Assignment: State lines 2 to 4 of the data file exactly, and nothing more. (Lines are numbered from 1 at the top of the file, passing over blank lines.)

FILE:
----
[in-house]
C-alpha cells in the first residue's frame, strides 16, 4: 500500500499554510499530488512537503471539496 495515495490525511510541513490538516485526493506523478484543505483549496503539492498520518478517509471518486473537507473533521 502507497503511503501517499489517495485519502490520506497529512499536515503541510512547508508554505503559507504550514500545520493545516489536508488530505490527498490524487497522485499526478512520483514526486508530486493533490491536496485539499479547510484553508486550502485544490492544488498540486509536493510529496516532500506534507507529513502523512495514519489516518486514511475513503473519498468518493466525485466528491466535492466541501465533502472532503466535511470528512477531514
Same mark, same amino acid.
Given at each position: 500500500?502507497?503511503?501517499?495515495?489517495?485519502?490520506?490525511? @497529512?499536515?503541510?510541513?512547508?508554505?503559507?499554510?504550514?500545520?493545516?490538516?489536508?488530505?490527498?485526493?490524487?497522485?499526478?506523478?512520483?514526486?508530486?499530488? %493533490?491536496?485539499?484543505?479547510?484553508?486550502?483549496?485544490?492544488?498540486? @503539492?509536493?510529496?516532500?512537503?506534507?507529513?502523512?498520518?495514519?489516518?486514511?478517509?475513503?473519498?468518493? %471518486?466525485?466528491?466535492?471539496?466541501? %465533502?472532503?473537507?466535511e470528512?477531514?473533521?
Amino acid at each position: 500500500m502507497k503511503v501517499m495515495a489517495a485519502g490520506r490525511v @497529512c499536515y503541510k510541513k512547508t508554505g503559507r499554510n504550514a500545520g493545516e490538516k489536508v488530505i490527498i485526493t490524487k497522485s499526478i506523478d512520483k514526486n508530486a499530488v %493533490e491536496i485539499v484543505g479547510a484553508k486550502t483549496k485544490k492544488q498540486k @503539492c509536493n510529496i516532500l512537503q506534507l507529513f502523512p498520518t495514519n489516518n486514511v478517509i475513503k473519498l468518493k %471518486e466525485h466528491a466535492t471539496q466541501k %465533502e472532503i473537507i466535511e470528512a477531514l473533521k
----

C-alpha cells in the first residue's frame, strides 16, 4: 500500500499554510499530488512537503471539496 495515495490525511510541513490538516485526493506523478484543505483549496503539492498520518478517509471518486473537507473533521 502507497503511503501517499489517495485519502490520506497529512499536515503541510512547508508554505503559507504550514500545520493545516489536508488530505490527498490524487497522485499526478512520483514526486508530486493533490491536496485539499479547510484553508486550502485544490492544488498540486509536493510529496516532500506534507507529513502523512495514519489516518486514511475513503473519498468518493466525485466528491466535492466541501465533502472532503466535511470528512477531514
Same mark, same amino acid.
Given at each position: 500500500?502507497?503511503?501517499?495515495?489517495?485519502?490520506?490525511? @497529512?499536515?503541510?510541513?512547508?508554505?503559507?499554510?504550514?500545520?493545516?490538516?489536508?488530505?490527498?485526493?490524487?497522485?499526478?506523478?512520483?514526486?508530486?499530488? %493533490?491536496?485539499?484543505?479547510?484553508?486550502?483549496?485544490?492544488?498540486? @503539492?509536493?510529496?516532500?512537503?506534507?507529513?502523512?498520518?495514519?489516518?486514511?478517509?475513503?473519498?468518493? %471518486?466525485?466528491?466535492?471539496?466541501? %465533502?472532503?473537507?466535511e470528512?477531514?473533521?